Charles Arthur Bourgeois (French, 1838–1886)
The Snake Charmer, modeled 1863
Bronze, dark brown patina, 22 1/4 x 10 x 7 1/2 in.
Signed on base back center: ARTHUR BOURGEOIS Sculptr.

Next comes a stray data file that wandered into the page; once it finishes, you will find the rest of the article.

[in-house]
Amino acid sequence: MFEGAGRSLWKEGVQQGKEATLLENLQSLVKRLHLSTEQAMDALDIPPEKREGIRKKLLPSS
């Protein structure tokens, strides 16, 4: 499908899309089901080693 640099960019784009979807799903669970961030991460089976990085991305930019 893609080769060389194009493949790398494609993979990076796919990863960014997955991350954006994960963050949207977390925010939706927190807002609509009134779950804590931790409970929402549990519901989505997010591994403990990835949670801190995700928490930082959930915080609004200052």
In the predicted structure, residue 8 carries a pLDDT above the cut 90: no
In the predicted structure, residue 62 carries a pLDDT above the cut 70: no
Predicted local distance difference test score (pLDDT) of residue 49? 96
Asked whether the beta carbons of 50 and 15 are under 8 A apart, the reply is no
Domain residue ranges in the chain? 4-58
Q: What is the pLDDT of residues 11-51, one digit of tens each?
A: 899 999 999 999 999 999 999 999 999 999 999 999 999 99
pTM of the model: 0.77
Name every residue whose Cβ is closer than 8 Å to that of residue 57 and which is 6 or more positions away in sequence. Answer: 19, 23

Bourgeois won the Prix de Rome in 1863, the same year he created and exhibited the plaster version of The Snake Charmer. A year later, Emperor Napoleon III (reigned 1852–1870) ordered a life-size bronze which now stands in the Jardin des Plantes in Paris. The Snake Charmer would become one of Bourgeois’s most popular works, as confirmed by the many reductions that were made of it, like this one. The sculpture reflects the wide-ranging debate within academic art that revolved around the dominance of the classical ideal. Several artists attempted to expand the notion of the classical ideal by, for example, depicting Africans and other people of color. The critic de Rialle discussed this and similar works at the 1863 Salon as follows: “One begins to divert from the academic errors by making ethnographic sculpture […]. It introduces art to a new field, namely science and thus to the idea; then it opens new horizons by giving new subjects and reveals beauty in all its aspects and in all climates; finally it generates a new poetry.”